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Posts Tagged ‘pheasant’

dusky grouse hen

Dusky grouse hen.

Hybridization between animal species is a topic that has long fascinated me. I’ve been looking at various animal hybrids over the years, and some are really quite shocking. Marine mammals produce all sorts of weird hybrids, as do birds, and in it is in the avian world that I came across the strangest hybrid.

Only a few of these hybrids have ever been reported, but a few hybrids between “blue grouse” and common pheasants have been reported.  I should note that these “blue grouse” and pheasant hybrids have mostly been documented before the molecular revolution in biology and no DNA studies have ever provided proof that these weird birds were indeed hybrids between the two species.

Also, these hybrids were described before the “blue grouse” was split into the dusky and sooty grouse. The dusky and sooty grouse are estimated to have last shared a common ancestor 240,000 years ago and have been given distinct species. The sooty grouse (Dendragapus fuliginosus) is found in conifer forests along the Pacific Coast from the Yukon to California, while the dusky grouse  (D. obscurus) is found at similar forests in the interior mountains of the West.

These grouse are highly specialized to life in conifer forests. The breeding behavior of both species of grouse involves the cockbirds hooting from way up at the top of big conifers to draw in hens.

Compare this bird with the common or “ring-necked” pheasant (Phasianus colchicus). This is an introduced gamebird that, although found in Western Europe, is native from the Caucasus into East Asia. This a grassland species that has social and breeding behavior that is quite similar to domestic chicken. Indeed, these birds are quite closely related to the jungle fowl of South Asia, and sterile hybrids between chickens and pheasants are not uncommon.

The common pheasant is a grassland specialist. This bird was heavily introduced to the Midwestern and Eastern US as a gamebird, and now that the forests have largely taken over vast swathes of farmland, the birds are far less common. For example, West Virginia now allows only a single male pheasant to be taken every day during the pheasant season, while Ohio allows only two for the daily bag limit.

So pheasants are a creature of the grassland and dusky and sooty grouse are creatures of the big conifer forest, it is quite surprising that these two birds would ever encounter each other, much less make a hybrid.

One hybrid was described in 1955. It was likely the result of game farm pheasants crossing with a dusky grouse in Eastern Washington State:

hybrid blue grouse and pheasant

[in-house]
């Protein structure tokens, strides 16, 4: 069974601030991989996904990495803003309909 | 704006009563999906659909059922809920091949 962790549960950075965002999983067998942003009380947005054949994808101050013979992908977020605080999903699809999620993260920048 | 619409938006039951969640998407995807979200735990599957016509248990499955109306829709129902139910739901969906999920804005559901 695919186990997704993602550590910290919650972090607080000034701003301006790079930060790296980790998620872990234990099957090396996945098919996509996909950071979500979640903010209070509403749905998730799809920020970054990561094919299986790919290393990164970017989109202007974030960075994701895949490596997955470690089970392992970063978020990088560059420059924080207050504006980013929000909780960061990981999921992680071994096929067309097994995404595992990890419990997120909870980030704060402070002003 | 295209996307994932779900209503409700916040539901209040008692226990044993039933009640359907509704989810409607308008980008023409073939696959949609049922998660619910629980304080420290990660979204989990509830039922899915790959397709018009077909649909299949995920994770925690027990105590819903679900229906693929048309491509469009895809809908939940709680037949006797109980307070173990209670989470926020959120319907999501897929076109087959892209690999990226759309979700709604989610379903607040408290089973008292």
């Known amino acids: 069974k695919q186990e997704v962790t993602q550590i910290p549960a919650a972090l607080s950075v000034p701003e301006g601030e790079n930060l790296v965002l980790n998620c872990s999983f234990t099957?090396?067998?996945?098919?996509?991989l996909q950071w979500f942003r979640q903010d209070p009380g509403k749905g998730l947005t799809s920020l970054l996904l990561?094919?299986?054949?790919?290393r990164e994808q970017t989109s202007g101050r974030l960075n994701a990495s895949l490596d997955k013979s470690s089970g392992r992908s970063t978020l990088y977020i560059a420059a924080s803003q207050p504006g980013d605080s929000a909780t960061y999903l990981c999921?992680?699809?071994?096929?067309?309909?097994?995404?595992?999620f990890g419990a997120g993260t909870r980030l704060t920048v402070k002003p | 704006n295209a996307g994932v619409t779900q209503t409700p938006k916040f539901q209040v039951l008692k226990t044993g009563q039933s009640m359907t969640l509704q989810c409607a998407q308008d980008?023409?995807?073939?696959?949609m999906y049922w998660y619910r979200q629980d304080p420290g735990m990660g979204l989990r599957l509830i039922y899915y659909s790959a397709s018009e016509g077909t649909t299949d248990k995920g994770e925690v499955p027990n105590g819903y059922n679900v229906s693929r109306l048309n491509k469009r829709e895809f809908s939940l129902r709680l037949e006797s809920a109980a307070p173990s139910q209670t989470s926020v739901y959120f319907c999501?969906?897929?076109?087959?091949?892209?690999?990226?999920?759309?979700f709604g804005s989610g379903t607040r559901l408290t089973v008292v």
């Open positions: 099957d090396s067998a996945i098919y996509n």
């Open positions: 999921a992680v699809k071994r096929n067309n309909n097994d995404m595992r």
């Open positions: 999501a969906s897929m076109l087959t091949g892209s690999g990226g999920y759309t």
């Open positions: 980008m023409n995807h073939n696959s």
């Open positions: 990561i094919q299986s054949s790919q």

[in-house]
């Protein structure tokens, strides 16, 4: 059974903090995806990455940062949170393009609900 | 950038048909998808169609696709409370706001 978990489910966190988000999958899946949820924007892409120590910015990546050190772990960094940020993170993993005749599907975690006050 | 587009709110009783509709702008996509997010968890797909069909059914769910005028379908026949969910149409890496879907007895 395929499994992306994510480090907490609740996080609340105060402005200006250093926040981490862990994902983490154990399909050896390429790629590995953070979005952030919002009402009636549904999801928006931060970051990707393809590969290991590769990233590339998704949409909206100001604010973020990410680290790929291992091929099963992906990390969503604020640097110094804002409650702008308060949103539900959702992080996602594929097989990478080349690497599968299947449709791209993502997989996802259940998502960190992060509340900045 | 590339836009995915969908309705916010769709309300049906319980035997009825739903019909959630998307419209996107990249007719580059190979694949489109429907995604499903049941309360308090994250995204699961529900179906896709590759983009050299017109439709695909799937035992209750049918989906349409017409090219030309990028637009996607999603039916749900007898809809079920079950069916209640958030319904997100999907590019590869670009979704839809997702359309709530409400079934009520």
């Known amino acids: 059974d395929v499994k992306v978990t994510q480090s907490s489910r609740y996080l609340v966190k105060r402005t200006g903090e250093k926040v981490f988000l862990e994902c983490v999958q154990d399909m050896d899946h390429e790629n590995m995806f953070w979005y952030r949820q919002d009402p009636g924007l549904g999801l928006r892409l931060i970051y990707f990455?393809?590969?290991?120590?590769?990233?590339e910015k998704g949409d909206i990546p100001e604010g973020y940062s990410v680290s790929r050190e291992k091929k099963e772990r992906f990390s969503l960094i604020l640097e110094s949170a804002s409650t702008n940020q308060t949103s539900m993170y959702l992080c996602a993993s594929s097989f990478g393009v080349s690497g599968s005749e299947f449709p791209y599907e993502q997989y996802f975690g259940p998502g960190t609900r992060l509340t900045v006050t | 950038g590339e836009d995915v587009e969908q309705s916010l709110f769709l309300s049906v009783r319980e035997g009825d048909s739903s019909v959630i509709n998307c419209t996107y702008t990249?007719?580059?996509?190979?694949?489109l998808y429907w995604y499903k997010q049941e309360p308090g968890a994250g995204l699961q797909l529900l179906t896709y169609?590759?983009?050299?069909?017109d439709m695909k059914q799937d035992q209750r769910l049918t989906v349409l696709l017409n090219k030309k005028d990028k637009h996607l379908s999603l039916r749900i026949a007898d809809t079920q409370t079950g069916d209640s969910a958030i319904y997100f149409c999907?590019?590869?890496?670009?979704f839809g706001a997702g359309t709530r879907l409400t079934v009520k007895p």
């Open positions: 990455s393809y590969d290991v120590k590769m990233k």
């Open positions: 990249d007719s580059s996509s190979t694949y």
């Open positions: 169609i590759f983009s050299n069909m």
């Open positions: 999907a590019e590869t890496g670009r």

So by 1955, four these hybrids have been documented. However, this discovery was documented at roughly the same time Watson and Crick discovered DNA, and no one had any way to confirm this hybrid origin using molecular techniques. I have not heard of any other hybrids between these two species since this one from Spokane County, Washington.

These forest grouse and these grassland pheasants are so distinct from each other. However, I do know from my own observation of gallinaceous birds that the males of these species are pretty amorous. They will try to hump whatever they can, and a female pheasant sort of looks a lot like a dusky grouse hen.

My guess is this specimen described in the 1950s was the result of a male dusky grouse mating with a farmed pheasant. Only one poult managed to hatch out from the mating, but the poult imprinted upon its  pheasant mother. When it went looking for others of its kind, it wandered over to pheasant farm and tried to join what looked and sounded like its mother.

These hybrids are not something that one would expect to see in nature, but because man is constantly breeding and stocking pheasants to fit the needs of hunters, there could always be a chance for some intrusion of the pheasant into what is really much more suitable sooty or dusky grouse habitat.

Grouse and pheasants are not that closely related to each other either, but avian hybrids have been documented between species of quite unrelated lineages on a fairly regular basis.

 

 

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A bag of a pigeon stock dove, a pheasant hen, and two foxes. (From a European hunting group on Facebook).

golden retriever hunting foxes

In Europe, gun dogs are expected to retrieve fur, even varmints.

 

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One of the few stories on the blog in which he have real photographic evidence. This was in the November of 2007, when my uncle decided to turn  my grandpa’s land into a game bird preserve. (All photos courtesy of Laura Westfall Atkinson).

pheasant stocking

Nice cock!

pheasant stock with maddie

“I want to kill them!”

 

maddie wants the bird

She would be on it like white on rice.

Maddie's owners, Jeanne and Doug Westfall. Doug bought the birds in Ohio the day before.

Maddie’s owners, Jeanne and Doug Westfall. Doug bought the birds in Ohio the day before. 

Willie doesn't think much of the damn birds.

Willie doesn’t think much of the damn birds.

 

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A pretty amazing painting by Scot Storm:

See related post:

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From Country Life Illustrated (27 November 1897)

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The pheasants are stocked, but the bobwhites are native.  And this Brittany’s game is on.

Source.

This is from a Kentucky PBS show called Kentucky Afield, which is a hunting, fishing, and conservation show– with its own Youtube channel. It’s where the Turtleman go his start!

Adam Edelen was Governor Steve Beshear’s chief of staff at the time this footage was taken.  He was elected State Auditor in last week’s election.

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